The door to his office slid open and a young Lieutenant drifted through. An augee, he thought. Most Terrans had been either mechanically or genetically altered, or both. Few were whole anymore, except maybe some religious fanatics on the lunar far side. And we’ll take care of them soon enough, the Commandant thought.

“Dispatch from Martian Central, sir; it’s on a priority alpha grid,”she reported smartly. This girl’s augmentation, like his own, didn’t show. Still, he sensed her Legion ID on the neural grid, and he noted that those amber cat eyes weren’t the product of blind natural selection.

“Connect me to the down link,” he barked, plugging the thought-node back in. I’ll ferret her out on sex grid later, he thought. Instantly, images from Martian orbit flooded his cyber-nodes. He saw the sleek, one-person spacecraft dive for the Martian surface. The Cartel! He ran a neural cross-check. It was identical to the one that had escaped from Titan and another pair that had wreaked so much havoc on Ganymede. He currently had half of the Legion battle fleet scouring the outer solar system searching for these scum. They wouldn’t dare step foot into the inner system! The craft bared a striking resemblance to the set Holderson claimed were stolen some months back. Holderson was still out of communication on Amalthea. What, by Jove, does he do there?

A consciousness bore through the grid towards him. It was the Lieutenant. “We still have our agent on the inside,” she said. “Shall I contact her?”

“Standby,” the commandant called out. He didn’t feel like discussing their sleeper agent’s status once again, especially with a subordinate. “I want the whole band of bastards this time.”

He looked out at the slimming disk of the Moon. This was going to be fun.

Phobos had risen in the east, not that the tiny moon provided Andrea with much illumination in the Martian night. Andrea thought she could just make out its distorted potato of a phase as it drifted across the sky. She mostly relied on her infra-ocular to navigate through the darkness. The wreckage was in front of her. One exposed panel revealed a yellow hammer and sickle against a red background. An old lander, no doubt, sent by one of the old nation states. She dimly remembered The History of Early Earth Space Exploration from school. China? Russia? It looked as if the lander had come in too shallow and busted up on a large boulder. She wistfully remembered hiking out as a girl and discovering the crash site of the old Beagle 2 lander. The solar system seemed strewn with human wreckage. Hopefully, she thought, Cartel craft won’t be added to the pile. Still, Martian archaeologists would be fascinated by her find. Too bad I can’t tell them, she thought as she unpacked her shelter. But the damaged craft would make an excellent wind break for the night.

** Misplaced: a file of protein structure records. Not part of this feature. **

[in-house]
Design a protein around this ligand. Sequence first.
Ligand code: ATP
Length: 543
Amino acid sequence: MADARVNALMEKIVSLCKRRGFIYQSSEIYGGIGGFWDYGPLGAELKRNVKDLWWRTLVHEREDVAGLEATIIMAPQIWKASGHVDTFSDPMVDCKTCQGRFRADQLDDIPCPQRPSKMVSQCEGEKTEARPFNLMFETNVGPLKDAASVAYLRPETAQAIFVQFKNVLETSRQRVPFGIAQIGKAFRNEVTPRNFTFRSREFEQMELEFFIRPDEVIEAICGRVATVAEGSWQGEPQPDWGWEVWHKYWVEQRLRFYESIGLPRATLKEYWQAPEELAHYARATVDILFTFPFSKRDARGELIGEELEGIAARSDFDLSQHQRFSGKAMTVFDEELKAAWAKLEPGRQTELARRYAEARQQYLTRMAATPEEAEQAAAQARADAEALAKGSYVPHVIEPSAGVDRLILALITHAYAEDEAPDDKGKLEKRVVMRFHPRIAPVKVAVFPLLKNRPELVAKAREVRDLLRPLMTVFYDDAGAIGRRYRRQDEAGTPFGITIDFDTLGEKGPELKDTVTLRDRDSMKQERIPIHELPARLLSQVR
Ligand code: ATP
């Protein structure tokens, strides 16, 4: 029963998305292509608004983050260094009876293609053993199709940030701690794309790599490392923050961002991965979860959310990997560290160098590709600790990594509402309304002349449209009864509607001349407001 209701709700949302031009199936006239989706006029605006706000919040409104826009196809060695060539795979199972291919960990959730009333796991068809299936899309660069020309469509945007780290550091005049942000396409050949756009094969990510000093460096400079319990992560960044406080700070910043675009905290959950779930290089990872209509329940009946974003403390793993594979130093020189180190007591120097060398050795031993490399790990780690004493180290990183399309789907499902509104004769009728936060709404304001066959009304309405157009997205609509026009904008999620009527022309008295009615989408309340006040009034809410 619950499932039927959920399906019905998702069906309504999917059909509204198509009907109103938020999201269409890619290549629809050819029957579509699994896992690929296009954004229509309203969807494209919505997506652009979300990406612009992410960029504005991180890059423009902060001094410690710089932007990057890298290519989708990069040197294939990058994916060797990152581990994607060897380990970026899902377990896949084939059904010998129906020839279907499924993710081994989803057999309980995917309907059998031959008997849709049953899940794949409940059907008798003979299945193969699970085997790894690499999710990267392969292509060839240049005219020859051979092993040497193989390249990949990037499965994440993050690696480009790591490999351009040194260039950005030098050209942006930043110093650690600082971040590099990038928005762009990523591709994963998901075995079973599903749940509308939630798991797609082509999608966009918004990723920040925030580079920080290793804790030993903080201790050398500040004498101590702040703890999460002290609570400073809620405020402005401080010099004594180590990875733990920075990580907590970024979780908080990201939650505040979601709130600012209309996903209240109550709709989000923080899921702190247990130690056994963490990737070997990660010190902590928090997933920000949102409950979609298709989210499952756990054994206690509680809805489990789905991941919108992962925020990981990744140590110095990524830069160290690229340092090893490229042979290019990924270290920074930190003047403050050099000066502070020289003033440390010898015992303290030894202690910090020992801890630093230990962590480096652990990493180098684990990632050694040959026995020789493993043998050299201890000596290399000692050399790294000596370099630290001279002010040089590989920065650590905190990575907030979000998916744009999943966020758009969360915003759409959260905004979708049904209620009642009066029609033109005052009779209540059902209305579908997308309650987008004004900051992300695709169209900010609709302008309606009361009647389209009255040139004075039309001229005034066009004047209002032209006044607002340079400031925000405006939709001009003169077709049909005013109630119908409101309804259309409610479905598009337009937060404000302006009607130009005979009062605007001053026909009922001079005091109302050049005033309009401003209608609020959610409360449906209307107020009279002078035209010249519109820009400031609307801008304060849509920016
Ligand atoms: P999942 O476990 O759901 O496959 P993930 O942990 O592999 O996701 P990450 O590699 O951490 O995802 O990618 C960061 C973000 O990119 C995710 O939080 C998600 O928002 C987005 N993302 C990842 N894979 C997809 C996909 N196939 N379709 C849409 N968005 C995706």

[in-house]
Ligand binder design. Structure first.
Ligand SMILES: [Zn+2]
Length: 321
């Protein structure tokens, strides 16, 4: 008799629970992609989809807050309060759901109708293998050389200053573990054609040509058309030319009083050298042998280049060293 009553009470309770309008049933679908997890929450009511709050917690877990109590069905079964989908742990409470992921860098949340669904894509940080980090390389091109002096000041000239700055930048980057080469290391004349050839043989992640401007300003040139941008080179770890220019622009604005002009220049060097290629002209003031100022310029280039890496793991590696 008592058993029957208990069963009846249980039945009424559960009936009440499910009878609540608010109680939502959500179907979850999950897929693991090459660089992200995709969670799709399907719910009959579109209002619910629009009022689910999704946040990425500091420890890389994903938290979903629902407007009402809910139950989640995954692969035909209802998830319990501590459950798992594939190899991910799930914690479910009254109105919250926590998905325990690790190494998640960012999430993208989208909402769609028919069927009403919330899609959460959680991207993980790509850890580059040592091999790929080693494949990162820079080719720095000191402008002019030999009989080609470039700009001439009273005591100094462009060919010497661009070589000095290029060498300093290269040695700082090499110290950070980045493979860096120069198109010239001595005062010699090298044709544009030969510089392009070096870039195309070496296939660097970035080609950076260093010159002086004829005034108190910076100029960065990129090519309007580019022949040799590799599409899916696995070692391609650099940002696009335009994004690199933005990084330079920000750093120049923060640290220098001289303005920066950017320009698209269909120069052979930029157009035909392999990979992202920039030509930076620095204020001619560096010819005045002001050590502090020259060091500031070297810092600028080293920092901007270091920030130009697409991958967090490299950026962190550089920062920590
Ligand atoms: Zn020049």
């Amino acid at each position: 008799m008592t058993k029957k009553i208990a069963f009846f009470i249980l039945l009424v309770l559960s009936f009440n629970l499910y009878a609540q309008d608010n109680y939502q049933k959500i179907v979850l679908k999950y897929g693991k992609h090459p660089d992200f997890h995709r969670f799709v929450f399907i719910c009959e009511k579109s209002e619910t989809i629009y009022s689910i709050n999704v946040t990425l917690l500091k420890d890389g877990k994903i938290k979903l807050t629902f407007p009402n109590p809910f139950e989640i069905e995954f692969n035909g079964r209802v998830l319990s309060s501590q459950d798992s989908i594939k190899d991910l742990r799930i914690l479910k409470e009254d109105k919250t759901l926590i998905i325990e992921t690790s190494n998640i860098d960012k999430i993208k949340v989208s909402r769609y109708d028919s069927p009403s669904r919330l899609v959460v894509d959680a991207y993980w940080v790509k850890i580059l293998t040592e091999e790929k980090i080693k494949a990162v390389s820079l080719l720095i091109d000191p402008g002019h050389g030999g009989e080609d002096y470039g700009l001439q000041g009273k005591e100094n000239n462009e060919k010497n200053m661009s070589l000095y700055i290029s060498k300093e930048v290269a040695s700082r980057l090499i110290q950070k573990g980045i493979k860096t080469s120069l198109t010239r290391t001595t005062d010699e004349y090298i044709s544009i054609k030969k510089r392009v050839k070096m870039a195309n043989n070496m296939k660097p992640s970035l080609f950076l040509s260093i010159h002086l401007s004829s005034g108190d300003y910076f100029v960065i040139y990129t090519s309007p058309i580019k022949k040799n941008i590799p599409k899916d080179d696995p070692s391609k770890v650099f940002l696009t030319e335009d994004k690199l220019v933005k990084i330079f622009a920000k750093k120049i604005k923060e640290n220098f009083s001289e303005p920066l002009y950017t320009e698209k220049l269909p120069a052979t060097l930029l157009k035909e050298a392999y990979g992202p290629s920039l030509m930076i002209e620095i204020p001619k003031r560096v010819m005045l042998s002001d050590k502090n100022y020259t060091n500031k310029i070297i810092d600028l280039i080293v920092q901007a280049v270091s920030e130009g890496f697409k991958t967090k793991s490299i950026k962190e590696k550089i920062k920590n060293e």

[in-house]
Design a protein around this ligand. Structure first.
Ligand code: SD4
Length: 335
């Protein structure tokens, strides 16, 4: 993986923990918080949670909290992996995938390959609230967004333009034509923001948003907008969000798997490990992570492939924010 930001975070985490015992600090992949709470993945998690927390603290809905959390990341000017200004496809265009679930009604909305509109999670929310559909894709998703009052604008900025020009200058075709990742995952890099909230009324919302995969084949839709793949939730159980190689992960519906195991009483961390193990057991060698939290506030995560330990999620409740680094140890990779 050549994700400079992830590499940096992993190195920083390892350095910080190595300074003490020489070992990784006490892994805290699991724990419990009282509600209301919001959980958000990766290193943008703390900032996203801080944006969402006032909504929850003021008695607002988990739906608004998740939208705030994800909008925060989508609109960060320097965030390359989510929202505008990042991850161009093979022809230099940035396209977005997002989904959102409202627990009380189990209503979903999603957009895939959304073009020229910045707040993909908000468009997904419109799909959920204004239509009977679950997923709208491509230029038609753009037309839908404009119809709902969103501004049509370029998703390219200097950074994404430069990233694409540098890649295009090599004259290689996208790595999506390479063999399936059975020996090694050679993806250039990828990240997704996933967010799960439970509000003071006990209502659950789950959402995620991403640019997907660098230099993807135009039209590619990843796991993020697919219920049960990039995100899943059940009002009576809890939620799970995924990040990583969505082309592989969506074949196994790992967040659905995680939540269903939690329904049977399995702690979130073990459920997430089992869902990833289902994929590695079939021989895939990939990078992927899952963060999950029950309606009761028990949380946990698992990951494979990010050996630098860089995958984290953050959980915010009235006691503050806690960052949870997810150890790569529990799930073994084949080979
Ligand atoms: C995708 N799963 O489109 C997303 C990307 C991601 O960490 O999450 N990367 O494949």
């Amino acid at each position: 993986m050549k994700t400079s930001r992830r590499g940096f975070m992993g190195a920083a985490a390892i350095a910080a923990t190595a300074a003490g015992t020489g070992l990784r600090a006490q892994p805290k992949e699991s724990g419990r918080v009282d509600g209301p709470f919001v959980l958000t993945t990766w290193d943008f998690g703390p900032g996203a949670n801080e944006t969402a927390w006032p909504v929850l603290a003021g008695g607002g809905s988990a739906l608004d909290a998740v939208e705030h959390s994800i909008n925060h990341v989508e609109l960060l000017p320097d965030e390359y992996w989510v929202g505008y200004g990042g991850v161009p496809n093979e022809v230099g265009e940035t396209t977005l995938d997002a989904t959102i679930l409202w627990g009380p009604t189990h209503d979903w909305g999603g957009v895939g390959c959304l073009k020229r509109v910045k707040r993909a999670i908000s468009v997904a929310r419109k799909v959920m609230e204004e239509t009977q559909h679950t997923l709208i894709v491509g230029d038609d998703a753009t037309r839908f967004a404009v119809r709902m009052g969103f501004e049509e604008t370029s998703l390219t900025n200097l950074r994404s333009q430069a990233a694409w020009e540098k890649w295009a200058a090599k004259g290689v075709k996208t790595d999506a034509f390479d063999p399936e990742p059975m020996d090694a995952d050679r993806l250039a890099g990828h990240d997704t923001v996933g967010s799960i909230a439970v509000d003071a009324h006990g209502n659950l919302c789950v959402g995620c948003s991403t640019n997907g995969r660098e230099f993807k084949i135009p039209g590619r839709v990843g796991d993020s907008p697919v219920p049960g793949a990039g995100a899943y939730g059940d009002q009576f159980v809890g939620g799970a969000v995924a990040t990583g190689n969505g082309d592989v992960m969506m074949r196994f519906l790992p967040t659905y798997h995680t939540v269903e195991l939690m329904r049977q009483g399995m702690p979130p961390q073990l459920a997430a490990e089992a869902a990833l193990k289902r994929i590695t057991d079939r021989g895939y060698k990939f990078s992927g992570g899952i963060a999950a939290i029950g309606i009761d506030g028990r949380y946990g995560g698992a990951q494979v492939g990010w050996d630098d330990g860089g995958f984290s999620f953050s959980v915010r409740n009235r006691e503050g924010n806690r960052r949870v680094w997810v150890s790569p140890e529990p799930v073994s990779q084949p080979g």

Andrea awoke with a start. The sandstorm had picked up to a slow hum against her visor plate. She scanned out beyond the strewn wreckage of the lander. Her visibility, even with the infra-ocular, was down to mere yards. It was easy to get disoriented out here in the drab Martian desert. Her heart beat faster as she remembered being lost as a young girl in a sandstorm on the great Isidis Planitia plains. Zack had kept her from going mad that night. Now she was totally alone, her soft life lay bare before the onslaught of Mars.

Mustn’t panic… she knew she was done for if she lost it out here now. A flick of her visor, a push of her decompression safety latch, and it could all be over. She shuddered to think of an early lost Terran colony where many were found later to have done just that. Bodies were unearthed decades afterward, perfectly desiccated by the near vacuum that passed as the tenuous Martian atmosphere.

But a certain breed of stubbornness refused to let her go out that way. This environment might have been alien to the first Earth-born settlers, but she had practically grown up living in spacesuits and airlocks. She knew that if she had to, she could dig in deep and huddle beside this wreckage until her air gave out days later.

Still…she thought she sensed motion in the storm. Andrea slowly worked her way out beyond her makeshift camp. There seemed to be a definite purposefulness in the grayish-brown swirl. Legion? It wasn’t entirely impossible that they tracked her here from Amalthea, although she was pretty certain that they had nailed that probe in orbit. It was much more likely that the Martian Underground had double-crossed them. Andrea unclipped her maser pistol. Had Karl and the others been captured? It was certainly possible. V.I.C.A.R. was the only Cartel member she had had contact with, and he may have been reprogrammed. Don’t panic…

An alarm went off in her helmet headset. Andrea instinctively hit the dirt. Someone’s scanning me! Andrea peered over the rock outcropping and saw the lumbering form of a long-range sand creeper moving past the wreckage. Andrea hoped the metallic body of the lander would mask her signature. She didn’t doubt that she would find a Legion emblem on the crawler’s hull.

To be continued…

Be sure to follow the Solar Winds saga and other original tales of science fiction by Dave Dickinson.